Policy & Politics, Volume 43, issue 1, is now available in print and online. David Sweeting introduces the issue.
The latest issue of Policy & Politics showcases some of the most creative and innovative work that is going on in the field, covering a variety of topics. As ever, the contributions combine theoretical insight with empirical analysis, and offer a wide geographical spread. The issue also contains our first ‘research provocation’ piece.
The opening article, authored by co-editor Matthew Flinders and Katharine Dommett, draws on Chris Hood’s original piece in the 1980 volume of the journal to critique the coalition government’s policy on the reform of state architecture. They conclude that rather than a simple case of abolition, the approach towards quangos can be best understood as dual approach of ‘bureau shuffling’ and strengthening internal control. Amanda Crompton’s piece discusses public participation in relation to HS2. Her nuanced analysis takes an organic perspective to participation, and explores the interactions between planners, policy-makers, and the public, and suggests that ways to ‘formalise the informal’ may offer a productive way forward for involvement processes. The Gender Equality Duty in Scotland is the focus for the article by Michele Burman and Jenny Johnstone. The authors conclude, with some qualification, that the strategic and holistic approach to gender based violence in Scotland made it more receptive to the gender equality agenda than other nations. Judith Raven, Peter Achterberg, and Romke van der Veen offer a perspective on welfare state reforms in the Netherlands. They focus on perceptions of deservingness to in relation to shaping welfare distribution, and, drawing on empirical data, in what appears to be a familiar drift, note prevailing trends that tend towards decrease redistribution, and increase commodification. In a wide ranging analysis across 22 European countries, Jette Steen Knudsen, Jeremy Moon, and Rieneke Slager analyse policies for Corporate Social Responsibility. They note that countries in northern Europe have done more to institutionalise CSR policies than countries in in southern or Eastern Europe. Andrew Rider explores important questions related to the politics of the greater good and localism in his insightful paper on gypsies and travellers in the UK. Uncovering evidence of a ’new centralism’, he calls for more dialogue and engagement in order to respond to the needs of this marginalised group. The role of formal and informal care networks in extreme weather events is the focus for the article by Jonathan Wistow, Lena Dominelli, Katie Oven, Christine Dunn, and Sarah Curtis. Using case study research, this novel analysis adds to our understanding of the resilience of care agencies and their users in such circumstances.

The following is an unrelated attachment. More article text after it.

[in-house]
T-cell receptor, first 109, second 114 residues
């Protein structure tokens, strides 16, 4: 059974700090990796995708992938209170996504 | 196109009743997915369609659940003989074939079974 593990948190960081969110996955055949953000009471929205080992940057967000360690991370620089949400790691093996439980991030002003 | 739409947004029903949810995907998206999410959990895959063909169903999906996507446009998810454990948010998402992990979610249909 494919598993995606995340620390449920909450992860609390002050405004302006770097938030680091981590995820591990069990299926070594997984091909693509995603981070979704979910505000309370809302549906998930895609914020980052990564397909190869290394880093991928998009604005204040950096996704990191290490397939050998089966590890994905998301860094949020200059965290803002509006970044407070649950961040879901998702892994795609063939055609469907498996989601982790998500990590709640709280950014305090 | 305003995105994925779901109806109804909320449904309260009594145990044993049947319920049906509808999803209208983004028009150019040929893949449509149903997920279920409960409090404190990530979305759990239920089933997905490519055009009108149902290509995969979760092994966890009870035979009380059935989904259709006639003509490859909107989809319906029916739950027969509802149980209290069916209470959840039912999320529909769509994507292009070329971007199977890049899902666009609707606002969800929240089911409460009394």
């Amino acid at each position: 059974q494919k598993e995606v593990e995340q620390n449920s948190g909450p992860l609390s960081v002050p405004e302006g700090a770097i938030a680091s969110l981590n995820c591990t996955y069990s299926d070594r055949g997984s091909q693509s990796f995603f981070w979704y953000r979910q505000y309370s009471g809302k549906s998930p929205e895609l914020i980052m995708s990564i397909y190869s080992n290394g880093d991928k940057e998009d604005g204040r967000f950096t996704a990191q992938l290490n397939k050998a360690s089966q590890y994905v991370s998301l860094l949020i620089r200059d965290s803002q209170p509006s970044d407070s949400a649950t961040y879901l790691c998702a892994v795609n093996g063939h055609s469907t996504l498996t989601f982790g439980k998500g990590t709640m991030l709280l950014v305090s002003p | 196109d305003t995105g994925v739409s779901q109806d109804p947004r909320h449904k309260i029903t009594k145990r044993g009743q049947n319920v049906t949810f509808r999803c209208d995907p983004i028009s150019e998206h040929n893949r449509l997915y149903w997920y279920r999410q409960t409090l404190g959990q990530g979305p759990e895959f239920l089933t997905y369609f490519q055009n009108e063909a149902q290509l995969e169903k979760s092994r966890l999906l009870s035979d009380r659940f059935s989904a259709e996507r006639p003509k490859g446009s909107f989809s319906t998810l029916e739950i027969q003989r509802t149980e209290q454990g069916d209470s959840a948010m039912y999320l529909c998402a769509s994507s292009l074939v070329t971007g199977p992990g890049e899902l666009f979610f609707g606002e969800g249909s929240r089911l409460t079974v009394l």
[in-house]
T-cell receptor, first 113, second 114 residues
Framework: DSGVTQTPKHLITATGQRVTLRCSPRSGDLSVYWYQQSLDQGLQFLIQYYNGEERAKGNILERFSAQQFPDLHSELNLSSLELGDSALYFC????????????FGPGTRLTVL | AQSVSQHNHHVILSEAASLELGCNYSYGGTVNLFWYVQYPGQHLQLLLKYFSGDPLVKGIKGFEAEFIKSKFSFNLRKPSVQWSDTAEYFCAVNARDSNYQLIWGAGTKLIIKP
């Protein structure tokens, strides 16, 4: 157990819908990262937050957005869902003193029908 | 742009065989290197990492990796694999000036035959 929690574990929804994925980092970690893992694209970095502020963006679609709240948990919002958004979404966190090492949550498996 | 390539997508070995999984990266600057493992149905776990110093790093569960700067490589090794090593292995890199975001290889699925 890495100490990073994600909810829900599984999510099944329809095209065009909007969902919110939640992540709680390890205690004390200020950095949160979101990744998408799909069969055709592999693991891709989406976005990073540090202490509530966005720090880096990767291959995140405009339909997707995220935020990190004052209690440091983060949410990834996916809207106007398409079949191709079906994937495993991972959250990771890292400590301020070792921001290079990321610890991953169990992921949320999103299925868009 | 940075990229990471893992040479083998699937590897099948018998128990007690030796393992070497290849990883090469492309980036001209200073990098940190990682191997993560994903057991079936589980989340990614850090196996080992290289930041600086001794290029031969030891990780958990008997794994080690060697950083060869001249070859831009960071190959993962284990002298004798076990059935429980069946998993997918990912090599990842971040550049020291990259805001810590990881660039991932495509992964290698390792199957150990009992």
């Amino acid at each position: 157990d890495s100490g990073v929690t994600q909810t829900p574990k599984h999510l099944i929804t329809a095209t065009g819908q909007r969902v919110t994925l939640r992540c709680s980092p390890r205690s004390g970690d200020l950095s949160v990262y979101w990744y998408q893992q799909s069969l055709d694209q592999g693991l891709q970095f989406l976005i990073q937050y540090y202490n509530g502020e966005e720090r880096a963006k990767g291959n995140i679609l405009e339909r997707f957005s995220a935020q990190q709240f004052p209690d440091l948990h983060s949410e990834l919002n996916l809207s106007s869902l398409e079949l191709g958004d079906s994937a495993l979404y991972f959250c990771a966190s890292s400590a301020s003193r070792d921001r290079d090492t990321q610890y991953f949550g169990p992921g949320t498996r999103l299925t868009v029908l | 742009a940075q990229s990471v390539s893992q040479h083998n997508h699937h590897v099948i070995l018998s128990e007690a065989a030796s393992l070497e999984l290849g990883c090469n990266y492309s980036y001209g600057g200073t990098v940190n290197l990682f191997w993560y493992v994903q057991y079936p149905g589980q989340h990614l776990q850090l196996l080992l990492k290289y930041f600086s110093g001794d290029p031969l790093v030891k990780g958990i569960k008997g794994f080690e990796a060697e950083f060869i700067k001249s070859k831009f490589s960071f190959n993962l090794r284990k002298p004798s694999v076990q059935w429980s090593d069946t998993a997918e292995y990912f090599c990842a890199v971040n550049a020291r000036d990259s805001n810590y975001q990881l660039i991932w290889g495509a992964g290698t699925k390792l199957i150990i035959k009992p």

The final article in this issue is the first in our ‘research provocations’ series. Articles published in this section offer fresh perspectives, develop theoretical advancements and highlight emergent research agendas. This section offers the opportunity for authors to launch high-profile critiques, to showcase acute but comprehensive contributions and to initiate challenging dialogues. In this vein we are delighted to be able to publish a critical analysis by Catherine Durose, Jonathan Justice, and Chris Skelcher. This article questions the conventional wisdom around the democratic deficit posed by arm’s length governance. Instead, they explore the democratic potential of such governance, and in doing so consider the normative implications of such a stance.